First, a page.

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Industrial Devices EMC Tests

With the industrialization, the diversification of machines and their capacity development have accelerated. Even though the machinery sector cannot develop rapidly due to the wrong industrial policies such as the transition to the customs union that changes from time to time, the assembly industry, the tendency to import substitution, the introduction of export incentives, and the priority applications given by the liberal economy to imports, it is still not behind the era in parallel with the development of technology. The weight given to R & D studies was also effective in this. Today, many electrical and electronic machines are produced for many sectors.

Machines of different capacities and characteristics developed in parallel with the needs of different sectors constitute the basis of industrial devices. Engines, compressors, lifting and handling equipment, machine tools, metallurgical machinery, mining machinery, construction machinery, food and beverage processing machinery, textiles, clothing eşoil and leather processing machines, papermaking machines, cooling and ventilation equipment, computers, televisions, medical devices and hundreds of other unimaginable machines.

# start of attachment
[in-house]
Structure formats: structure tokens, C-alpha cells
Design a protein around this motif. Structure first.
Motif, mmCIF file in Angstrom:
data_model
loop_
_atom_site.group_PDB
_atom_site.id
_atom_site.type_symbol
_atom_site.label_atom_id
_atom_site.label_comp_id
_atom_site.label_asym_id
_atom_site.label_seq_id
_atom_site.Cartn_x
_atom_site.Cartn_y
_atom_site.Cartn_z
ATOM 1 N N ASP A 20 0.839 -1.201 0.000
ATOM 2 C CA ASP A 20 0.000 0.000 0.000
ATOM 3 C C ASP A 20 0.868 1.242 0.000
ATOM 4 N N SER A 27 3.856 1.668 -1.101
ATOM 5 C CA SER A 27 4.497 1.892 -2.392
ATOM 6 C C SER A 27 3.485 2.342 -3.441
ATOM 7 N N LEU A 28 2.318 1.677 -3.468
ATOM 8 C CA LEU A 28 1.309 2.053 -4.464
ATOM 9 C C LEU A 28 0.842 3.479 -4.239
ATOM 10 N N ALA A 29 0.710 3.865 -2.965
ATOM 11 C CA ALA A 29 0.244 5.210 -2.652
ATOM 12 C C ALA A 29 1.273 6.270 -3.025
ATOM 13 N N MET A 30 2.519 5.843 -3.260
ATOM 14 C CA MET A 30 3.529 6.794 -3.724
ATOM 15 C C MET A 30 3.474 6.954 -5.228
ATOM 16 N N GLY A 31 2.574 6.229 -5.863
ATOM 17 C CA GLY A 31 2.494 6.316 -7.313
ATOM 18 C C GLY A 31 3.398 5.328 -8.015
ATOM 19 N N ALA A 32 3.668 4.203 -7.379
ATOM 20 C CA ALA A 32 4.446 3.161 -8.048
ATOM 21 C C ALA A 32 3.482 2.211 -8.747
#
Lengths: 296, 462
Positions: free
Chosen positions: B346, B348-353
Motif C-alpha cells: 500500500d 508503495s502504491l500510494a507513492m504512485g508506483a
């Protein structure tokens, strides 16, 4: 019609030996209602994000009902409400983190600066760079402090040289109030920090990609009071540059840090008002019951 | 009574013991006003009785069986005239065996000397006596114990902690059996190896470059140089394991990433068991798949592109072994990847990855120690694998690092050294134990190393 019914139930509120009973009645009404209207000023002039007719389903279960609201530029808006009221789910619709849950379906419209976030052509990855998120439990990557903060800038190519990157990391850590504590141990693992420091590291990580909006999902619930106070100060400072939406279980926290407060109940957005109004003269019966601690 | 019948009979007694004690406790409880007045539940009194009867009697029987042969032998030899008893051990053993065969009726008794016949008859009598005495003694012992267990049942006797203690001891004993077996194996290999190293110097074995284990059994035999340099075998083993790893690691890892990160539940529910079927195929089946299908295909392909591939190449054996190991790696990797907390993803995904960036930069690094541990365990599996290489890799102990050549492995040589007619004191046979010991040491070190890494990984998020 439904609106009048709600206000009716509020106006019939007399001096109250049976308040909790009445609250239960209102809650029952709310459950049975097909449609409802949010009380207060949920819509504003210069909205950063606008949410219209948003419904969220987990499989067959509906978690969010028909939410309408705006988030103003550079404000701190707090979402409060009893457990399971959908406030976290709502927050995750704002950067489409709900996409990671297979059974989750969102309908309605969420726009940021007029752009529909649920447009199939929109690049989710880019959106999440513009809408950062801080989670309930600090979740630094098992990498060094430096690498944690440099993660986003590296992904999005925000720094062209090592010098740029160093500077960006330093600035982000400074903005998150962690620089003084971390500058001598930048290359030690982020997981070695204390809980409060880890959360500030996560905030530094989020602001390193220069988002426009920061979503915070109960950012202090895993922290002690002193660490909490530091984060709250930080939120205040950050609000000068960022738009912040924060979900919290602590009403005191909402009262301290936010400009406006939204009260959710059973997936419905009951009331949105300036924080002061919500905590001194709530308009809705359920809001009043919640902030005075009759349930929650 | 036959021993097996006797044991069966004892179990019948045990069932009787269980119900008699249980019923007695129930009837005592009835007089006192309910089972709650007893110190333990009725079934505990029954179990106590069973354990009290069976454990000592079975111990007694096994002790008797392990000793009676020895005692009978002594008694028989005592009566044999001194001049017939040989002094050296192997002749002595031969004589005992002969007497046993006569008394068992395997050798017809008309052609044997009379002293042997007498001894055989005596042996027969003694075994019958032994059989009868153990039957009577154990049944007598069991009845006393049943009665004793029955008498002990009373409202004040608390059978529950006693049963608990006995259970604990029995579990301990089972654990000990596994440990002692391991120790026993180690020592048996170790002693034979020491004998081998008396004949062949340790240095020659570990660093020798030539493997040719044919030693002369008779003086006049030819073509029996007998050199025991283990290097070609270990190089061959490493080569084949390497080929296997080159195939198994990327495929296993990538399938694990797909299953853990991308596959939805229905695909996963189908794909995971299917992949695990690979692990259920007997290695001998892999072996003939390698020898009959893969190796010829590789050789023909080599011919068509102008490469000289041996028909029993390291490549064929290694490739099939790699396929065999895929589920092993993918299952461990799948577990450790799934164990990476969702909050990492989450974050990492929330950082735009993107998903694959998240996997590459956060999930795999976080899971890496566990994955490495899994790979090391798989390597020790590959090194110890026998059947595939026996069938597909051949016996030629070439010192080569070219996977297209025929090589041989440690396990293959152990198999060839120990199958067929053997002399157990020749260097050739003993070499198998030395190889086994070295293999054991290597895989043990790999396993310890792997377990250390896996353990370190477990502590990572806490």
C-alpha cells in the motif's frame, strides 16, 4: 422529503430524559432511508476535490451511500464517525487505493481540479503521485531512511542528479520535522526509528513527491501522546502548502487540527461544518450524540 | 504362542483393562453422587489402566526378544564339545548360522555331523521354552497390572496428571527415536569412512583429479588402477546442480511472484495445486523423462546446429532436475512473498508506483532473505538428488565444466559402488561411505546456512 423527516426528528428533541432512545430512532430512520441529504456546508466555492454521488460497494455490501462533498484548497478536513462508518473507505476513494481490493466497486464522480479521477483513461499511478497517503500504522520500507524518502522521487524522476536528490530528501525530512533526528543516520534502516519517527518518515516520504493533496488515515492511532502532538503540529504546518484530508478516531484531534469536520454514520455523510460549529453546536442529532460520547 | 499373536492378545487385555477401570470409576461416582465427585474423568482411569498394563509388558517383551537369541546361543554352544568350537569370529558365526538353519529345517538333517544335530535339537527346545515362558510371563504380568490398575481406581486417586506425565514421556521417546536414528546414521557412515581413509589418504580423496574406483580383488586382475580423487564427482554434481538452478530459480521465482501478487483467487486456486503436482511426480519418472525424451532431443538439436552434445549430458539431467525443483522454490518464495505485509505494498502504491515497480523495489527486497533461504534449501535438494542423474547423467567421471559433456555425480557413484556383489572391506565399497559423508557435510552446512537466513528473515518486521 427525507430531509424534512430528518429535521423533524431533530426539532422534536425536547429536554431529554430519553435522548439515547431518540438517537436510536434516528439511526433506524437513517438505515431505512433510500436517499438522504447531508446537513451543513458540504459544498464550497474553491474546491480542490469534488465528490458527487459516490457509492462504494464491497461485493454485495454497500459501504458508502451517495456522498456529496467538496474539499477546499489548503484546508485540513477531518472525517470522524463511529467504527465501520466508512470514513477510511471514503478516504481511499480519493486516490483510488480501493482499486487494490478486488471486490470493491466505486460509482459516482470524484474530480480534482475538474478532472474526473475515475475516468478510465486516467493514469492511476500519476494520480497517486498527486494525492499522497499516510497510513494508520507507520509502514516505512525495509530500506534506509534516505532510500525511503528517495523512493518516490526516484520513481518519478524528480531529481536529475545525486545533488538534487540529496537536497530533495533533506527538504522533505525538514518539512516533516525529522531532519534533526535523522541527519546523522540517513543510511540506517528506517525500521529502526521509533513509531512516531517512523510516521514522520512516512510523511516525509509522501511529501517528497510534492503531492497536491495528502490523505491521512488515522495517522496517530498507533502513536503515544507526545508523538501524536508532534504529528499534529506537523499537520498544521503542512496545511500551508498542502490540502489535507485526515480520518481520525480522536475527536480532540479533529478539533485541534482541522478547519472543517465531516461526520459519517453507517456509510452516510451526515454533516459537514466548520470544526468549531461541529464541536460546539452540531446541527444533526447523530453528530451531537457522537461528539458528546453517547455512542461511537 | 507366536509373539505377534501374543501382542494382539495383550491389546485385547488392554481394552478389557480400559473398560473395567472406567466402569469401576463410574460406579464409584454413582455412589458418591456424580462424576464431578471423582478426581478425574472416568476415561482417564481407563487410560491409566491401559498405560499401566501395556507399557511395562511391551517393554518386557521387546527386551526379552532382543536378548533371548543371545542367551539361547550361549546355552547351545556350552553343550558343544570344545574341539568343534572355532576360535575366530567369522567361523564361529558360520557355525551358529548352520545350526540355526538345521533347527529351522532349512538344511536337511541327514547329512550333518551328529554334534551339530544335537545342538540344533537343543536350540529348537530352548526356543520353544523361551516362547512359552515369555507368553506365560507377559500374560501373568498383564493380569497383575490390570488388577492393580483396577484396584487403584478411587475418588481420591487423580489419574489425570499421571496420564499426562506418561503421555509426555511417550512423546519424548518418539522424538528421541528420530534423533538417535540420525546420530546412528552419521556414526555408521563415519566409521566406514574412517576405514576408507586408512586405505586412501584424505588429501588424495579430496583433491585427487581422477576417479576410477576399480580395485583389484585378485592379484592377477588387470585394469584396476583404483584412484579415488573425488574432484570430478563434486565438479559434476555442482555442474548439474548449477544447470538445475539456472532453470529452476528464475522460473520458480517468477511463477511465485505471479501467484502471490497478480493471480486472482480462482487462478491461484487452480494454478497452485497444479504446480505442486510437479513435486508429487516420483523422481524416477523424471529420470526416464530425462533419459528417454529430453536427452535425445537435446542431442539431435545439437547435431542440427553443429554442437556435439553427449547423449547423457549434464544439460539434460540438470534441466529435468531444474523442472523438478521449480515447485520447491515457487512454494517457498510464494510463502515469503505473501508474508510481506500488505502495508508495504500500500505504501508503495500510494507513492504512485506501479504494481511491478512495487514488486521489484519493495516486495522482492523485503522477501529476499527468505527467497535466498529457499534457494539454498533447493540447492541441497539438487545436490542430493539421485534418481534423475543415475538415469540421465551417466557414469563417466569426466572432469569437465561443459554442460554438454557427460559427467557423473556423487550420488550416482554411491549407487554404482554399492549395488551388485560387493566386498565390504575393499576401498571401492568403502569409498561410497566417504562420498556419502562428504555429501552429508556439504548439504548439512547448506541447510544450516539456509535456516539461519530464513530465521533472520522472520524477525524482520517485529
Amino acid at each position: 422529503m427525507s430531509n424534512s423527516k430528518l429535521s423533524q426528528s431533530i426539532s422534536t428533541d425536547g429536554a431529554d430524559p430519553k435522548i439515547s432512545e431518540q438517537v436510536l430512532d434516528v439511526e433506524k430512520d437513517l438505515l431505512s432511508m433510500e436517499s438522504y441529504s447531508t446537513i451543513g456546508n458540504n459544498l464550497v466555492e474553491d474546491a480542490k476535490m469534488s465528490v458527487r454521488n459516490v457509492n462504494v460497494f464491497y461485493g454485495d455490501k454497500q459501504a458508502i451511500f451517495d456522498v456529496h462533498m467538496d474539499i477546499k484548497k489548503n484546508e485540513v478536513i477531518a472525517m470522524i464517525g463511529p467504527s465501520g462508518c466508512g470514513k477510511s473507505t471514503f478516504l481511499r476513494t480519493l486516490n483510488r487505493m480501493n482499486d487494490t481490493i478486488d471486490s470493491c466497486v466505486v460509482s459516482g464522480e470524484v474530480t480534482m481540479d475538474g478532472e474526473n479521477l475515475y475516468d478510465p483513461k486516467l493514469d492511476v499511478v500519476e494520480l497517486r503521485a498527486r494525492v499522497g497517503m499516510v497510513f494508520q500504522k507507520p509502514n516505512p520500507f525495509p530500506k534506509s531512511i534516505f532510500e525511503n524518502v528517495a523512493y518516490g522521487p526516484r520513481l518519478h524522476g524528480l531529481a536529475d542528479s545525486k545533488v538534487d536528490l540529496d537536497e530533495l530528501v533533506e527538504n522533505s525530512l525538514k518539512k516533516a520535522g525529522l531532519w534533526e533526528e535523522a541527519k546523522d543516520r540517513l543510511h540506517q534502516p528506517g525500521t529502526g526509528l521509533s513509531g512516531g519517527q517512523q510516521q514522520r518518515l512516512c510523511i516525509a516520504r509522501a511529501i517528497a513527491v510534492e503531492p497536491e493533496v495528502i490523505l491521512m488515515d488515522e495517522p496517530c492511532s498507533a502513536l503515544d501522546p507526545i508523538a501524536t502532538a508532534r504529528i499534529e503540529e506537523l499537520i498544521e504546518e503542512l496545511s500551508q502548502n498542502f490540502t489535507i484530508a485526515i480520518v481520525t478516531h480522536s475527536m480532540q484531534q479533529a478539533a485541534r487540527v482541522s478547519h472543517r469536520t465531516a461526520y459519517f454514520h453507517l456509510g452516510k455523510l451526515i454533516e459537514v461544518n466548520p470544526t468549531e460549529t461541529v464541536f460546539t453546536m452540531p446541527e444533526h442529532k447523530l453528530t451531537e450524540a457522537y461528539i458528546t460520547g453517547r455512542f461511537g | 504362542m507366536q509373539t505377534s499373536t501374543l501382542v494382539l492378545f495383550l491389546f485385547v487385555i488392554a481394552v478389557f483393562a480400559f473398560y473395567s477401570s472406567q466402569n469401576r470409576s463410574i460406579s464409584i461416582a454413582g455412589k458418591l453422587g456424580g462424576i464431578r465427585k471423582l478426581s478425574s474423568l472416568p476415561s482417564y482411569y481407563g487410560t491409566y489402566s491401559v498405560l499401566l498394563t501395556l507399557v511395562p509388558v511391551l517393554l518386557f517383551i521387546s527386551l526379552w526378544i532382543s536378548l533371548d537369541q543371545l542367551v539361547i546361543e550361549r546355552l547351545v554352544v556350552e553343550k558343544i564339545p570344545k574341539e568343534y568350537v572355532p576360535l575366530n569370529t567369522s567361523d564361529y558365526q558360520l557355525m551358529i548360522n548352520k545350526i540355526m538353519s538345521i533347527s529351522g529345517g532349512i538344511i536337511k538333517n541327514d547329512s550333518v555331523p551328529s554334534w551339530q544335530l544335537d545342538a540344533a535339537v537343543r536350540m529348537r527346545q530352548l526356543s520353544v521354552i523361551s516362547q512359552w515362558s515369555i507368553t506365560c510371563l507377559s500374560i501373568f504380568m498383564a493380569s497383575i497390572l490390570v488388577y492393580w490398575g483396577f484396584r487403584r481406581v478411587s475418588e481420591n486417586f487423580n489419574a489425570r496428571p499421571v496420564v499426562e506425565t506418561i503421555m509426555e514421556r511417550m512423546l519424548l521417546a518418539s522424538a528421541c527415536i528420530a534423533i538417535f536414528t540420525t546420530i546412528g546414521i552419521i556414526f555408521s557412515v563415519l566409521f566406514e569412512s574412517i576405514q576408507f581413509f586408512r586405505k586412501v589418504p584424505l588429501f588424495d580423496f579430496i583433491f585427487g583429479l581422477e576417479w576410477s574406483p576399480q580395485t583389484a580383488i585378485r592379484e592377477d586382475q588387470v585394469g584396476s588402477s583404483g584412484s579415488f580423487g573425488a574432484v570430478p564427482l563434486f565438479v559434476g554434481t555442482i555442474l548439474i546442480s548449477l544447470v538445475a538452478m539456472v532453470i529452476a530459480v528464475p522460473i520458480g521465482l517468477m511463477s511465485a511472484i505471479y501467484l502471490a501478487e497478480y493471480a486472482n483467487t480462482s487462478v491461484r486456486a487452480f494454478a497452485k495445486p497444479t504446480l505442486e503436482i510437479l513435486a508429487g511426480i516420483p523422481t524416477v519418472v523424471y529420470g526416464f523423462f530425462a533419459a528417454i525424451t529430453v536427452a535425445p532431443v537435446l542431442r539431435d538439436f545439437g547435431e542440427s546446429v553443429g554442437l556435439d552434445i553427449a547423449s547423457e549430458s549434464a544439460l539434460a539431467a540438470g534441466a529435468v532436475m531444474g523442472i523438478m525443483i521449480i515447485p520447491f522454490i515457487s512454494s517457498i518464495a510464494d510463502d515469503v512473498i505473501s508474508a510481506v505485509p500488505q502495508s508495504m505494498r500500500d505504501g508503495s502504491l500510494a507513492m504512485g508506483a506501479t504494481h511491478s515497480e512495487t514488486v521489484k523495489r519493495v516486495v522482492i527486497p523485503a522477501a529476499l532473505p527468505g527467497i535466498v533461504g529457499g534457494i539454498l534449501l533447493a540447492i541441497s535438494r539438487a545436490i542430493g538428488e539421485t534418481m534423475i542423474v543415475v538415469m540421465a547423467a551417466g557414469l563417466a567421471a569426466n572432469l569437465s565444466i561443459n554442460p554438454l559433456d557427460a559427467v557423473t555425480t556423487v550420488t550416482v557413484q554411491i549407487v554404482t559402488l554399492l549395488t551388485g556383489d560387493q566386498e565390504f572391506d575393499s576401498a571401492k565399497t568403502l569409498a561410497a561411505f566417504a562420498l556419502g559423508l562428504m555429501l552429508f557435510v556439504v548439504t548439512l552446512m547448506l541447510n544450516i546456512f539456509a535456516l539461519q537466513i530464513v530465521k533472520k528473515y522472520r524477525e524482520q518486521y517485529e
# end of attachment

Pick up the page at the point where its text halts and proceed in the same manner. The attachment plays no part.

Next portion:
However, the common point of all these industrial devices is that they work with electricity and electronic systems which are more oriented today. The common problem of electrical and electronic devices or systems is electromagnetic compatibility (EMC). It is inevitable that electronics will enter industrial devices when technology is moving so fast.

However, the important point here is that electrical or electronic industrial devices are not affected by the operation of other electrical or electronic devices in the same environment or they do not affect their operation. Otherwise there is an electromagnetic compatibility problem at that point. This causes industrial devices to behave unexpectedly.

On the one hand, the standards issued by domestic and foreign organizations on the one hand, the laws of the countries on the one hand, and the electromagnetic compatibility (EMC) tests have become a necessity. Otherwise, it is not possible for companies producing these devices to launch their products in any country in the world, especially in the European Union.

In short, electromagnetic interference is any kind of disturbing effect or sign that reduces the performance of electrical or electronic devices and systems and causes them to malfunction or malfunction. The most vivid example today is that mobile phones affect vehicles' ABS braking systems or vibrate on the television screen.